A therapist referred me for NHS ASD assessment early last year and at the time I was surprised but thought it was worth exploring.
While I was waiting for the assessment to happen, I stumbled across inattentive ADHD and it made so much sense I made a decision to throw money at it and rush through a private ADHD assessment. Was diagnosed with inattentive ADHD, and initially put on medication that seemed to take me from being a slightly eccentric chatterbox with terrible executive dysfunction to being unable to string two sentences together and with no energy to interact with anything or anyone.
The ADOS happened while I was on said medication.
I was taken off the medication and put on a different one. Everything, and I mean everything, got better. I will always have ADHD, it's not given me a different brain or anything, but I am functioning like an adult for the first time in my entire life, and my anxiety is all but gone as a result. And as well as the executive function improvements I expected, I am coping better with change, I am socialising better (I am *reading* people better, I assume because I'm actually taking in the information they're transmitting). Everything has improved.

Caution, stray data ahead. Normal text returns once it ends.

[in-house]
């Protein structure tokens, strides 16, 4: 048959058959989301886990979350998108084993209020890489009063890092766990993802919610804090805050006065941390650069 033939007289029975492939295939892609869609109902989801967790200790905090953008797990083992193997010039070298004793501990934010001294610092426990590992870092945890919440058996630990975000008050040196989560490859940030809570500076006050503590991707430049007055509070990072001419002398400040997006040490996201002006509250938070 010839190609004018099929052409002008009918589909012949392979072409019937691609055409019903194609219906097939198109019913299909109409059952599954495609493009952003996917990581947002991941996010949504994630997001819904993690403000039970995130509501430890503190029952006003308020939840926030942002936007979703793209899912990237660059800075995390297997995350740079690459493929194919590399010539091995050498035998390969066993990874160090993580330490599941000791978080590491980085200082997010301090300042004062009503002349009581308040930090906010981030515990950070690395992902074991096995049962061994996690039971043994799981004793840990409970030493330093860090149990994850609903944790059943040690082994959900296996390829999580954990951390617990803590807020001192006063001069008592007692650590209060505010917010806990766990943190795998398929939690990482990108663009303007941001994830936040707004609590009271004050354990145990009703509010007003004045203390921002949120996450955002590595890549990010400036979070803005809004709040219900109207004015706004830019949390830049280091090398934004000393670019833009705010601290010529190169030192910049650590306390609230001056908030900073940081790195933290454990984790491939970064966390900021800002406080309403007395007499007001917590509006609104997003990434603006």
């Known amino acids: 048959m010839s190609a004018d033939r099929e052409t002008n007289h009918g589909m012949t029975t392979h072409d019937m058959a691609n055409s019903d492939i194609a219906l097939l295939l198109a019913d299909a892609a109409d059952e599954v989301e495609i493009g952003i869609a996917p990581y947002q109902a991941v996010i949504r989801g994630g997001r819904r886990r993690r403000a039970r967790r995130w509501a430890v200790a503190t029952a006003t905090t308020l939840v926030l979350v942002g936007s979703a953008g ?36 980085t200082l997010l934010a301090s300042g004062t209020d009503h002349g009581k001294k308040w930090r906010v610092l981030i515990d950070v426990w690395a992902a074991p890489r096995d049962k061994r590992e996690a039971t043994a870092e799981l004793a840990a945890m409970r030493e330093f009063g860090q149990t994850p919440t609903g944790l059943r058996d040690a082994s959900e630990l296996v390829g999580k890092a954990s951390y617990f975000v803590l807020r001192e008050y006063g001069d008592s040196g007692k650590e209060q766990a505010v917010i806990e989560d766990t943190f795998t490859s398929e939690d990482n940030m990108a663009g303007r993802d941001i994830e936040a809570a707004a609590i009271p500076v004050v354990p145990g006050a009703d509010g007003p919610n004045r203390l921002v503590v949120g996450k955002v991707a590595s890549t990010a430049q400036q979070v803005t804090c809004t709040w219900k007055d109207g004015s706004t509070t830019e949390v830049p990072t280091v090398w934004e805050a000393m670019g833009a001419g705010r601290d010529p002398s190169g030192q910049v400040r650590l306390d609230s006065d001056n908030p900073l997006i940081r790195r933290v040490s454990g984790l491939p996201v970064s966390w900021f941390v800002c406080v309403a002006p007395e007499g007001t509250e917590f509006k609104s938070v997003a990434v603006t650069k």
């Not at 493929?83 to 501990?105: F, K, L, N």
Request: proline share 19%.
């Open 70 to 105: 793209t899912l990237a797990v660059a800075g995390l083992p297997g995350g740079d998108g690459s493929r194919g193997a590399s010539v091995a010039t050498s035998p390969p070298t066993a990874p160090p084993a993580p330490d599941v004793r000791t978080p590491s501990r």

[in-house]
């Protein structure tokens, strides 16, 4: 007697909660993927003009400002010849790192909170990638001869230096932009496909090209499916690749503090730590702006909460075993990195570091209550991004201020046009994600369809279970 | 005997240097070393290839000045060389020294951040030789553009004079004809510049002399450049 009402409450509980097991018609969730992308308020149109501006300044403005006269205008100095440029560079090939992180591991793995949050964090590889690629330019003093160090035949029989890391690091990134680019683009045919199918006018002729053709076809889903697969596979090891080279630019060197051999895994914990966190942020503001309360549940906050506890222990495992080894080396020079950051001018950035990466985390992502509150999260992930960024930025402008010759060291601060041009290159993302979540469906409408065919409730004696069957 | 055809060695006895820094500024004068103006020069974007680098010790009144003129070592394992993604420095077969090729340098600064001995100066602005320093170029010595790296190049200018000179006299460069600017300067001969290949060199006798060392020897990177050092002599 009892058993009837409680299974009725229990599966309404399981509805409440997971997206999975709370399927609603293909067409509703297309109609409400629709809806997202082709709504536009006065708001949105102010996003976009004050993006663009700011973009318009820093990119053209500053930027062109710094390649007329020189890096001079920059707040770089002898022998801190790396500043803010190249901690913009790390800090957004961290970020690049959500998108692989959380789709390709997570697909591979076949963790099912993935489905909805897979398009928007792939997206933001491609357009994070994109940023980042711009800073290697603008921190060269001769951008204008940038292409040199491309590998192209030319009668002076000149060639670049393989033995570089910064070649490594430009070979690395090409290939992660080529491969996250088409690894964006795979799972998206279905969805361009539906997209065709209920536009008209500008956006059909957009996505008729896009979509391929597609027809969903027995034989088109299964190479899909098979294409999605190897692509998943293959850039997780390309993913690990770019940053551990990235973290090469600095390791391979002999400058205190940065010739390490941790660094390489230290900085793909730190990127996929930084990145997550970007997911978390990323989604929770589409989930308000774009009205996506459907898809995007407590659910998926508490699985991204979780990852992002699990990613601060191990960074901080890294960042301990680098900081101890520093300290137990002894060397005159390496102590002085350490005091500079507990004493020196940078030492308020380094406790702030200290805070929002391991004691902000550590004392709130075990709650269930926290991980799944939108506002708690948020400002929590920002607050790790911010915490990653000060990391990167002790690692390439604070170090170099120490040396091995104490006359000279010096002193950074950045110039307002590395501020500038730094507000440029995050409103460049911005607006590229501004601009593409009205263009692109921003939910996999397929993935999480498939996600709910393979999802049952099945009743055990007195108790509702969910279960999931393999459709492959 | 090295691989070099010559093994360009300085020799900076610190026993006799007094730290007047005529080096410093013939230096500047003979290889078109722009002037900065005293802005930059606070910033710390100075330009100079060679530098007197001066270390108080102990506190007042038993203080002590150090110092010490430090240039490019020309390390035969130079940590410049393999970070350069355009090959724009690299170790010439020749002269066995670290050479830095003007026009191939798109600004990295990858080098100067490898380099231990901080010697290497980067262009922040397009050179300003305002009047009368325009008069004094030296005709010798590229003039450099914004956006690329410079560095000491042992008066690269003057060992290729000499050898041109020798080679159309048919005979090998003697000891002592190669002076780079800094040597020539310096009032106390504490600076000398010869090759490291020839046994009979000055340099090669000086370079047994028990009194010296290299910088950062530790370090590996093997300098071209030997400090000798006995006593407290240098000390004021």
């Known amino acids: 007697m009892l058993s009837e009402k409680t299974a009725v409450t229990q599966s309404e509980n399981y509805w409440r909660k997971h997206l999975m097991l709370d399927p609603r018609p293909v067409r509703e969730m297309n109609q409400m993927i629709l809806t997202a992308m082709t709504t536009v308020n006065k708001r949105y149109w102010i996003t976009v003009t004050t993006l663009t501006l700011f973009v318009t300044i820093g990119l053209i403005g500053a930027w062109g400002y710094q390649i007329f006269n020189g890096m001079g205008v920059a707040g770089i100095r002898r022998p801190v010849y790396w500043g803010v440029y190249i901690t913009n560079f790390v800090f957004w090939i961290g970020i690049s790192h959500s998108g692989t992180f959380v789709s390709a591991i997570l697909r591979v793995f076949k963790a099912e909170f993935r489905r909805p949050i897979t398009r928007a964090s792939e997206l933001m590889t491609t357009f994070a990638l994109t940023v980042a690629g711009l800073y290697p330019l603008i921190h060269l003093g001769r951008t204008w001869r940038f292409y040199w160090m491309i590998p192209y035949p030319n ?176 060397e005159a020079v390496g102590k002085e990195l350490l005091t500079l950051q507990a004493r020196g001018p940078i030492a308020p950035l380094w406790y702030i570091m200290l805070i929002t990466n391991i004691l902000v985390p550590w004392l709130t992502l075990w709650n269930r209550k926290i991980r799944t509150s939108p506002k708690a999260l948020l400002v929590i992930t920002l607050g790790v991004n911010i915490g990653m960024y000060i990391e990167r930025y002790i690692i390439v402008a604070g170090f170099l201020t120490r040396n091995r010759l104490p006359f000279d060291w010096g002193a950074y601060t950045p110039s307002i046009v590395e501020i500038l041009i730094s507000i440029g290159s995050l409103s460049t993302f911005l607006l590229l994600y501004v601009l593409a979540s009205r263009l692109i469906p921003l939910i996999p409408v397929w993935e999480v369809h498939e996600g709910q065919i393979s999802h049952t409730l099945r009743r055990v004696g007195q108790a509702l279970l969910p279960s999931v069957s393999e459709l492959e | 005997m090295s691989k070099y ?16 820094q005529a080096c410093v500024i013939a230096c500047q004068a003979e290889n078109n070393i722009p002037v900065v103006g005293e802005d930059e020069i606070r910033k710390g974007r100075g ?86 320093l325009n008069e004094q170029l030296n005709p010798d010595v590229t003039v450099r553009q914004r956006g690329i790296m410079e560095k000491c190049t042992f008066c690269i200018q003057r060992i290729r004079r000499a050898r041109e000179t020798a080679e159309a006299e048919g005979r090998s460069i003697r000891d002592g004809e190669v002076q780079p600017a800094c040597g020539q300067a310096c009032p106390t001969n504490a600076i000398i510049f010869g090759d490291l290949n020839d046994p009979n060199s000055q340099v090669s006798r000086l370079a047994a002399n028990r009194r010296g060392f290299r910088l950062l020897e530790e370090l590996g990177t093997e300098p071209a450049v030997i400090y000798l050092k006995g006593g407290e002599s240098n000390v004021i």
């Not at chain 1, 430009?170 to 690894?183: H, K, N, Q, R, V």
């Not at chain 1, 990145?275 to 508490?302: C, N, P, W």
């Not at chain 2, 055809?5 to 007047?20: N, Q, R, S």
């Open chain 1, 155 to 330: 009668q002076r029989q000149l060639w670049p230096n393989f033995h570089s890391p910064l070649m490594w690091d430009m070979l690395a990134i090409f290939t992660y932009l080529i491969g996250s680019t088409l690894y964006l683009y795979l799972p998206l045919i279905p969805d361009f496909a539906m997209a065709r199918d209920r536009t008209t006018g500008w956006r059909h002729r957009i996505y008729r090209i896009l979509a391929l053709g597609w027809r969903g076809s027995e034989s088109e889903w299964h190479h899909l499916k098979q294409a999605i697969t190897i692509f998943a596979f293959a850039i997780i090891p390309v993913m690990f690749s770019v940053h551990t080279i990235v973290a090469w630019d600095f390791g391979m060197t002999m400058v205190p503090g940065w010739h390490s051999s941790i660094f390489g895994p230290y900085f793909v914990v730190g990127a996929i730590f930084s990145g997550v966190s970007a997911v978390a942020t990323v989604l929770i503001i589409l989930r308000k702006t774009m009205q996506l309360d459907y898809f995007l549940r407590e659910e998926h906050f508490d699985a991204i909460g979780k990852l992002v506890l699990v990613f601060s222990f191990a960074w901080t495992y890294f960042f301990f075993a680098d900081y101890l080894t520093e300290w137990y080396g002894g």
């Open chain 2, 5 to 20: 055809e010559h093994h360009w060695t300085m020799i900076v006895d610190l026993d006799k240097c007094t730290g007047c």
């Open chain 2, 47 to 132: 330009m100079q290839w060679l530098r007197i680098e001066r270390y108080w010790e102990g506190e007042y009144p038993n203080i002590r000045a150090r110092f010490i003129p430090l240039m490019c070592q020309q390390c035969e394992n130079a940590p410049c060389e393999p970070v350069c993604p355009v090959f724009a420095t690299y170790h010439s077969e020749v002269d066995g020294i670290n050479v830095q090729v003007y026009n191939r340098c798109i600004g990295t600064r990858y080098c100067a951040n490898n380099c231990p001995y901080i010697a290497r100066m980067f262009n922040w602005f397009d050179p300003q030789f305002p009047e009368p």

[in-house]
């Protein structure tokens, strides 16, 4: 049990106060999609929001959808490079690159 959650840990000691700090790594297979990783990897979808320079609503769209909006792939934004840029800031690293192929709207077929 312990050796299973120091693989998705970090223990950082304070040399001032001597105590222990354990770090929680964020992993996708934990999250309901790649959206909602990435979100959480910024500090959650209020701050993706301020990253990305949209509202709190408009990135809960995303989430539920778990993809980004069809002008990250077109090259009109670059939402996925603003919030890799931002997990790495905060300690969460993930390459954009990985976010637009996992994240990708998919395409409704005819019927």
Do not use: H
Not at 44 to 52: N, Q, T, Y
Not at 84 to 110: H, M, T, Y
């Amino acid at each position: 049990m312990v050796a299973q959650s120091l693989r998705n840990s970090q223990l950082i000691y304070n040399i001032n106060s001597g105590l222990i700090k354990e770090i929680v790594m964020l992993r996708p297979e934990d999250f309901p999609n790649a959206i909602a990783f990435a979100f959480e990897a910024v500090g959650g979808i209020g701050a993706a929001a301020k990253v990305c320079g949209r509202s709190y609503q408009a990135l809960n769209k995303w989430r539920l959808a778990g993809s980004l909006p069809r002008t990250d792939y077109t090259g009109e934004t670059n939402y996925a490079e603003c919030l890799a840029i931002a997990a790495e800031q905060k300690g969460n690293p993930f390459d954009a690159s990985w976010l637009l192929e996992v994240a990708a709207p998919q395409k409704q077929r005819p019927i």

After the medication switch my ASD outcome appointment happened and I was diagnosed with ASD. I *just* met the ADOS threshold at 7 points (I am female, and was told this is fairly common). They said my communication difficulties were very slight, and that my verbal communication was 'unusually good', but that most of the points came from reciprocity.
I am not convinced.